However, the update back then only tracked quick response times disregarding other factors as in when people directly close the newly opened link and return to Facebook while disregarding other factors that need to be considered when trying to calculate the time spent viewing the post such as the reading and loading time. According to the new update, it seems that the engineers at Facebook have figured out a way to increase the accuracy of calculating the reading time of content thus increasing the capacity to measure user’s interest in each link.
So if you are publishing content that’s getting a large number of Facebook users to access it, and readers take their time to read what you publish, then this update is in your favor; it will help you secure a higher ranking in the News Feed and reach a larger interested audience regardless of the number of likes and comments on your Facebook post. However, if you are publishing short posts in the style of clickbait or articles with irrelevant content to what the title suggests, chances are that you might observe a decrease in reach due to decreased ranking in comparison to other material being shared. Moreover, organization specialized in covering news stories might be observing a decrease in audience in case people click on the links only to get the basics of the story then go back to Facebook. For example, Facebook might lower the ranking of a page which publishes material that requires 10 minutes to read while users only spend 4 minutes viewing the opened page as this counts as a negative signal.
Based on the point previously mentioned, we can see how this update factors in users reading abilities and response times would be hard to put to action. Facebook notes that they will be “looking at the time spent within a threshold so as not to accidentally treat longer articles preferentially”, but how slow or fast each user reads is also a factor, dependent on what the upper threshold is.
Facebook’s Instant Articles were the focus word in this update, so it’s more likely that this update targets Instant Articles first in order to give Facebook that extra method to increase the reach and use of Instant Articles. Previously, Facebook had no means of giving Instant Articles a pampered treatment (other than the comments and likes) so that publishers favor them over other platform. However, the new update might be a potential boost to the usage of Instant Articles due to more reader response measures, which might give Instant Articles higher ranking in the News Feed. And in case Instant Articles gain a larger audience due to this update, more publishers will be interested in using them.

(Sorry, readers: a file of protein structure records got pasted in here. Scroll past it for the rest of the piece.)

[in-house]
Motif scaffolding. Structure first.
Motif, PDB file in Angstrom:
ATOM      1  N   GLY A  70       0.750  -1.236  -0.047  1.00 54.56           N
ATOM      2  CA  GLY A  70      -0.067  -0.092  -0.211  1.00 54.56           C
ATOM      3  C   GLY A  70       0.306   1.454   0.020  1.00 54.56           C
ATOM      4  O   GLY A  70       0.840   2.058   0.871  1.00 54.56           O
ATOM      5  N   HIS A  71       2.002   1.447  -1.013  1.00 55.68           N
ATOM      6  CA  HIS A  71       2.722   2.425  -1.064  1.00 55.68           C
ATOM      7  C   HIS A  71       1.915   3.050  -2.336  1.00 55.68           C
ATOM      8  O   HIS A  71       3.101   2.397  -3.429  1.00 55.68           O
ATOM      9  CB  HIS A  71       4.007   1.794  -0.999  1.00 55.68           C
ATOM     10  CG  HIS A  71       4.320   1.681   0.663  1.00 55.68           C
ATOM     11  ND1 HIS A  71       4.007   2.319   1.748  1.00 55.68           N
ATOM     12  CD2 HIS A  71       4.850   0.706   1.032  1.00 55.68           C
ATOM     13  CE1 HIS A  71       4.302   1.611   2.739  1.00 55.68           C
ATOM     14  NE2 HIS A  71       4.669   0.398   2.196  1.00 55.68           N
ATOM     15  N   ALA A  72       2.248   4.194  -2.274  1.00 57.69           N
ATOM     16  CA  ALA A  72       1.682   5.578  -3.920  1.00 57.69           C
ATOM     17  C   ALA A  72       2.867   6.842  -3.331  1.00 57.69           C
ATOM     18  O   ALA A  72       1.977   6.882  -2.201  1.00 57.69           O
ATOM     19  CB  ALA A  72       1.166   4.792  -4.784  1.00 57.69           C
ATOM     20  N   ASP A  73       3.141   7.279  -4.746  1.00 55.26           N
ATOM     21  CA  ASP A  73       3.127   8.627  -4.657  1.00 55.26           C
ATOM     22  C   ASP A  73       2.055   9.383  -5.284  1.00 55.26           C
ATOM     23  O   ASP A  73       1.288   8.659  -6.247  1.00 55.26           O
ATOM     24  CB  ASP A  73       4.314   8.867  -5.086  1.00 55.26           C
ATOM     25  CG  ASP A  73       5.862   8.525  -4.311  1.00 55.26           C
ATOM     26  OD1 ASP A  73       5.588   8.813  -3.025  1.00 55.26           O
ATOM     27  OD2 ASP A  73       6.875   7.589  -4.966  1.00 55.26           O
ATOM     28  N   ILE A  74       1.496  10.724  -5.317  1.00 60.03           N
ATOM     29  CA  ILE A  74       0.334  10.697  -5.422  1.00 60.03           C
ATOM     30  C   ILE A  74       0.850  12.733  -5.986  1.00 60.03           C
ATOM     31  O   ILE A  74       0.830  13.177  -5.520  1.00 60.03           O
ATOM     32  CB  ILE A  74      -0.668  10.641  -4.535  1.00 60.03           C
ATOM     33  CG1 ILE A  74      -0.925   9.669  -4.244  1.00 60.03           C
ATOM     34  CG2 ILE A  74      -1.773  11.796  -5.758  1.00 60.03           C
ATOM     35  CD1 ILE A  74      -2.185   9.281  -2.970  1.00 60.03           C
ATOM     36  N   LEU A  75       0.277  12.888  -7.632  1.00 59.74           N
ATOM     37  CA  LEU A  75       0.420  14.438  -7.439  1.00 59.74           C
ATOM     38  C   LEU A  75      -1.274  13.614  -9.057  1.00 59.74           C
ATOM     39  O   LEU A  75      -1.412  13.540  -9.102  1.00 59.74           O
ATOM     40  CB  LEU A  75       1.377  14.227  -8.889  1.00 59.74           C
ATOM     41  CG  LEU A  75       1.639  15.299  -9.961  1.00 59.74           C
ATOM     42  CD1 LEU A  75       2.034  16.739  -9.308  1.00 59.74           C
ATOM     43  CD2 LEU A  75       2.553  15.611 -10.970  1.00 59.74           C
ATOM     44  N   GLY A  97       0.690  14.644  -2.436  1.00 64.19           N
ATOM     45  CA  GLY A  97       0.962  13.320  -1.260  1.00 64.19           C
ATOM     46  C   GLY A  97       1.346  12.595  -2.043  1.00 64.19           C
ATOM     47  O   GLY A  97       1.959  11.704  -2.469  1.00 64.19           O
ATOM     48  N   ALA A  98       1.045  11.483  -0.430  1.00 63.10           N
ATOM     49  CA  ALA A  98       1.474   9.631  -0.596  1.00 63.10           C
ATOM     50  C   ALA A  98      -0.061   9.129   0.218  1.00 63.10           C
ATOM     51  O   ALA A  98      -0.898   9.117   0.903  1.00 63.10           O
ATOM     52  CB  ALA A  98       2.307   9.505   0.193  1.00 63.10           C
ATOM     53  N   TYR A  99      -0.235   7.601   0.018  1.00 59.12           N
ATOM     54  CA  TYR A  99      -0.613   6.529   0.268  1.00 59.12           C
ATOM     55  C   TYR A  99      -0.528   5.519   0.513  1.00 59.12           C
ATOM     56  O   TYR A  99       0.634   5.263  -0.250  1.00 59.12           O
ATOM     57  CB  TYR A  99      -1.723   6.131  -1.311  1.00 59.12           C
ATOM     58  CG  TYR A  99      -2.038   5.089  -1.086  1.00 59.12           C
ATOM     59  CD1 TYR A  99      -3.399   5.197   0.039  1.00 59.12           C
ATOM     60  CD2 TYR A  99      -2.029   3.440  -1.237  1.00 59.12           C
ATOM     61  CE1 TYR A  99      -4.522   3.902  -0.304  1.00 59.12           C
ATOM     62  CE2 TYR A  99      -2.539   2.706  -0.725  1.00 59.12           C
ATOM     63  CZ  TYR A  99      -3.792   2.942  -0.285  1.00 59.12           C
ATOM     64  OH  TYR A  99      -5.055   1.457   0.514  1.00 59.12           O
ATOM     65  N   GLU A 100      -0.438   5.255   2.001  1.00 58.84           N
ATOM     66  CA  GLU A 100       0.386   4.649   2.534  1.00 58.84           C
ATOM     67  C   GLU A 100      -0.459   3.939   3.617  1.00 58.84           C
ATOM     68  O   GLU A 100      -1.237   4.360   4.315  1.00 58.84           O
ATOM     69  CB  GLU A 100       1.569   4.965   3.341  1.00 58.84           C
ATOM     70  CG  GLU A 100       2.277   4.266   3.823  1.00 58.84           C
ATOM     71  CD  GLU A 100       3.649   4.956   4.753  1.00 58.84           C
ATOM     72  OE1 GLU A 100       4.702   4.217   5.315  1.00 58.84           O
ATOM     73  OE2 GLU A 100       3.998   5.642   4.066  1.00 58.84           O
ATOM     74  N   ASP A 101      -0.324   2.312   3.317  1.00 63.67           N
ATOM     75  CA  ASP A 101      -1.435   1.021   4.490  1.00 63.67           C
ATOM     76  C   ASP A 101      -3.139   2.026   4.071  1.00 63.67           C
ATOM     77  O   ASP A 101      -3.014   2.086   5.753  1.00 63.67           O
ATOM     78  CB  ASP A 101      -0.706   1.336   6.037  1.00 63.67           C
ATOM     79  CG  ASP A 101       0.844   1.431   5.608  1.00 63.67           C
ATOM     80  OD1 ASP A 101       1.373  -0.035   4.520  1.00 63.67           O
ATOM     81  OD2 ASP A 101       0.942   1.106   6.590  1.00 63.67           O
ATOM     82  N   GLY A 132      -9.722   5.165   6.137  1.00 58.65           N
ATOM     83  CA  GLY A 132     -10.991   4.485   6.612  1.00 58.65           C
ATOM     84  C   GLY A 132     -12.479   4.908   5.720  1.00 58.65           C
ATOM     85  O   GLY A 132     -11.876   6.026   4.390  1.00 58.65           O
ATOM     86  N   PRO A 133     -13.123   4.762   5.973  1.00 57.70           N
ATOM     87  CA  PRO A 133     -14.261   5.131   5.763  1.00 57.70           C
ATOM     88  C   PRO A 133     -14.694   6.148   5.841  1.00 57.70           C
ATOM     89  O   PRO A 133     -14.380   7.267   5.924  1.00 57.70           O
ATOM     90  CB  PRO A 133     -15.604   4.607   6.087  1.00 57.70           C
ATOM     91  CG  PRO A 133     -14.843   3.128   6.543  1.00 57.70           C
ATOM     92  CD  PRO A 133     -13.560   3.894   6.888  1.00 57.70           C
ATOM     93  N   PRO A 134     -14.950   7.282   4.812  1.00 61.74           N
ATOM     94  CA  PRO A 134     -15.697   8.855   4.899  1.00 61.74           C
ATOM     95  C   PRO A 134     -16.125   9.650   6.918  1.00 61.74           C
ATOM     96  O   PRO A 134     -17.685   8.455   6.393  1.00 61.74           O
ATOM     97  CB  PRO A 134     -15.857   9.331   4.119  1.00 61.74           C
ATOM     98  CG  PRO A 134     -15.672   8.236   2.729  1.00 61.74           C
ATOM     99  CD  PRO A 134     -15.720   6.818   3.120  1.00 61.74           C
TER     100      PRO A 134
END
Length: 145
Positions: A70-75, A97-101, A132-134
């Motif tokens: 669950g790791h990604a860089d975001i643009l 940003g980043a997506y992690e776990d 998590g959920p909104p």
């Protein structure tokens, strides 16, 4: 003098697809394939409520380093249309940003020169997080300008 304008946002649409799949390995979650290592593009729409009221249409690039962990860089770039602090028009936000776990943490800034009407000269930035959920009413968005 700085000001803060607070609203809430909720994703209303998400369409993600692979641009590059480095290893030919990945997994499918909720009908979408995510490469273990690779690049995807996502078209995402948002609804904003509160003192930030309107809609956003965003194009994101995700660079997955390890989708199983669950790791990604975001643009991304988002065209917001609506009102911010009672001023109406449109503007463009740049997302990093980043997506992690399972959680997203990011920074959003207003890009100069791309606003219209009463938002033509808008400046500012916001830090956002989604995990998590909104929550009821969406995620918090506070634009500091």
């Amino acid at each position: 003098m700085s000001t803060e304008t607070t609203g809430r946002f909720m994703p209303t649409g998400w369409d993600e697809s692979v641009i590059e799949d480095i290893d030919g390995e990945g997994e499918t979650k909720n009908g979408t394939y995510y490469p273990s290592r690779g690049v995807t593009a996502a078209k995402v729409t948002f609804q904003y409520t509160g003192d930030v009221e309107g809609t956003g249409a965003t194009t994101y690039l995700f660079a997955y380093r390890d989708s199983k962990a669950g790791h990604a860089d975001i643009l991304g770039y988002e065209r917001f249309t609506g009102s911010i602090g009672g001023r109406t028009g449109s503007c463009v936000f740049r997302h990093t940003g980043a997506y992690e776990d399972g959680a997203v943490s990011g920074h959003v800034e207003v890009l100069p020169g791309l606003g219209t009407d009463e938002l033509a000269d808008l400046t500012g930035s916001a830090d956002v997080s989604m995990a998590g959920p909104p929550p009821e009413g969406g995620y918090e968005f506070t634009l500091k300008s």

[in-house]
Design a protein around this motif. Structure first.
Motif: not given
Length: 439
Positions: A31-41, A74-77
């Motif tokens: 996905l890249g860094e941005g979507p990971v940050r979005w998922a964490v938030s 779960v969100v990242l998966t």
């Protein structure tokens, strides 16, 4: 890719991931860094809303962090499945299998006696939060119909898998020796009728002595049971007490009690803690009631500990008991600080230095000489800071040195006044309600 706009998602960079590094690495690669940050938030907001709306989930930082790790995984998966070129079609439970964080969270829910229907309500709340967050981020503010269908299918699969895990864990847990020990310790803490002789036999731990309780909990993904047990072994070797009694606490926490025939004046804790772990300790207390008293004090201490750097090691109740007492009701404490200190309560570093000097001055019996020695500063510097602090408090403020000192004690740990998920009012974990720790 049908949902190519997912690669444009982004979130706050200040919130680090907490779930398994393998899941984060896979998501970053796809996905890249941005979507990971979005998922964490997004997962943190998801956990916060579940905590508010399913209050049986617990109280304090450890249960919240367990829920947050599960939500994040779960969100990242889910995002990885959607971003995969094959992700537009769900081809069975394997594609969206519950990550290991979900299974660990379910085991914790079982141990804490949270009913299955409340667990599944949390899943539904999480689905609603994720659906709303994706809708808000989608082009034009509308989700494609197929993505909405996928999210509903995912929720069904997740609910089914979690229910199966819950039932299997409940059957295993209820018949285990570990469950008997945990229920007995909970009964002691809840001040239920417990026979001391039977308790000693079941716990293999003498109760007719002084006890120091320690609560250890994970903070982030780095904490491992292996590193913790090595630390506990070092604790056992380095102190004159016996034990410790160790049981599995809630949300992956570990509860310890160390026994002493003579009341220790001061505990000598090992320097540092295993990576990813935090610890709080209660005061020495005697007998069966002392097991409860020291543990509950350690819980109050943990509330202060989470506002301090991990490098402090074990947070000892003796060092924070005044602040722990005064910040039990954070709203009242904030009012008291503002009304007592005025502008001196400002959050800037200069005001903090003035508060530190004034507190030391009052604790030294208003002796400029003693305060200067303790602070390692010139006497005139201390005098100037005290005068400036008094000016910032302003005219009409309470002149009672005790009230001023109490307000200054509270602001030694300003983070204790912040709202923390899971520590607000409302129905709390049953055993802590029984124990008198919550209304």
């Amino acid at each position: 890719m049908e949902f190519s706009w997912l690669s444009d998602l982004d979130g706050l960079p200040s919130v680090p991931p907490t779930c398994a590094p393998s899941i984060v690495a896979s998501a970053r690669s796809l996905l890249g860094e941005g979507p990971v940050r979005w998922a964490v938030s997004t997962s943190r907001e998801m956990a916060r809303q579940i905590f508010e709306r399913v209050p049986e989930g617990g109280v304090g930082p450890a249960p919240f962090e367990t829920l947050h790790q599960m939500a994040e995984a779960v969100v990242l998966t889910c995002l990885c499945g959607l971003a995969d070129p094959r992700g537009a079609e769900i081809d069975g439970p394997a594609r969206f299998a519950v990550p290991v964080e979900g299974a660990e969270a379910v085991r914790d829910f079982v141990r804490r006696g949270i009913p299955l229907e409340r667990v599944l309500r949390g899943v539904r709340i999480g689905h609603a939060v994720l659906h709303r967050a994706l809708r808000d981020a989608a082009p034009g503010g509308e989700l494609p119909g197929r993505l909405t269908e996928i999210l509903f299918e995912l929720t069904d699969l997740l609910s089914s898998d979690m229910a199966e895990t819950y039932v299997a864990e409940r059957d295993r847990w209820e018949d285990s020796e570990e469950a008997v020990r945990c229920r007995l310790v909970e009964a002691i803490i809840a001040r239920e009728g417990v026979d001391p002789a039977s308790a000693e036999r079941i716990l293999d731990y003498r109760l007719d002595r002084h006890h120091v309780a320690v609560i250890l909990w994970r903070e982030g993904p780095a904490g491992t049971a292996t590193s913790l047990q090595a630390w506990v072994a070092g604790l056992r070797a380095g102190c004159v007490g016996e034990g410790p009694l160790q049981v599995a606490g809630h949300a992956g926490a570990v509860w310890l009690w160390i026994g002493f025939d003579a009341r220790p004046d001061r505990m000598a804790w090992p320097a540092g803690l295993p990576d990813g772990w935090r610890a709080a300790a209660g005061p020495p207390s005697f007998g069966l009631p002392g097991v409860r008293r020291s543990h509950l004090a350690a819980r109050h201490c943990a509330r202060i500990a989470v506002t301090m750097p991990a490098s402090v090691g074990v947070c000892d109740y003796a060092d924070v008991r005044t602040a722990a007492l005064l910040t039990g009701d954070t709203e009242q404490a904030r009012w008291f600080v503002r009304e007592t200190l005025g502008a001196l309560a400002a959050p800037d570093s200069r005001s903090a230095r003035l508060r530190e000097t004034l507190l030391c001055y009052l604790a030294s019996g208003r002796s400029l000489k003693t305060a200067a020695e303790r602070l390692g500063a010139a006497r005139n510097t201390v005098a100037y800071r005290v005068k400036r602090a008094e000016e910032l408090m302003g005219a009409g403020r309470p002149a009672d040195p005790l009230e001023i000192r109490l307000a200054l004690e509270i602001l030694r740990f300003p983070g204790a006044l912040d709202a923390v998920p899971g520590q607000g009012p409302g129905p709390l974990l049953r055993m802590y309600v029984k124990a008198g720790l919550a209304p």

Despite Facebook pointing out that this update “only factors in the time people spend reading an article regardless of whether that time is spent reading an Instant Article or an article in the mobile web browser” – in other words, the update does not only target Instant Articles- yet, it might be more sensitive to Instant Article, as it will be easier to track estimated content length and read times meaning that the read time will be more accurate than on other articles, thus, benefiting instant articles first than other articles second.
Besides factoring more non communicated signs on links, Facebook added another minor feature to improve content variety, decreasing the capacity for people to view multiple post in a row from the same source. This change however, shouldn’t have a big impact.
Facebook says that the new algorithm will be put to action over the coming few weeks and that they don’t predict that the majority of pages will see any big changes.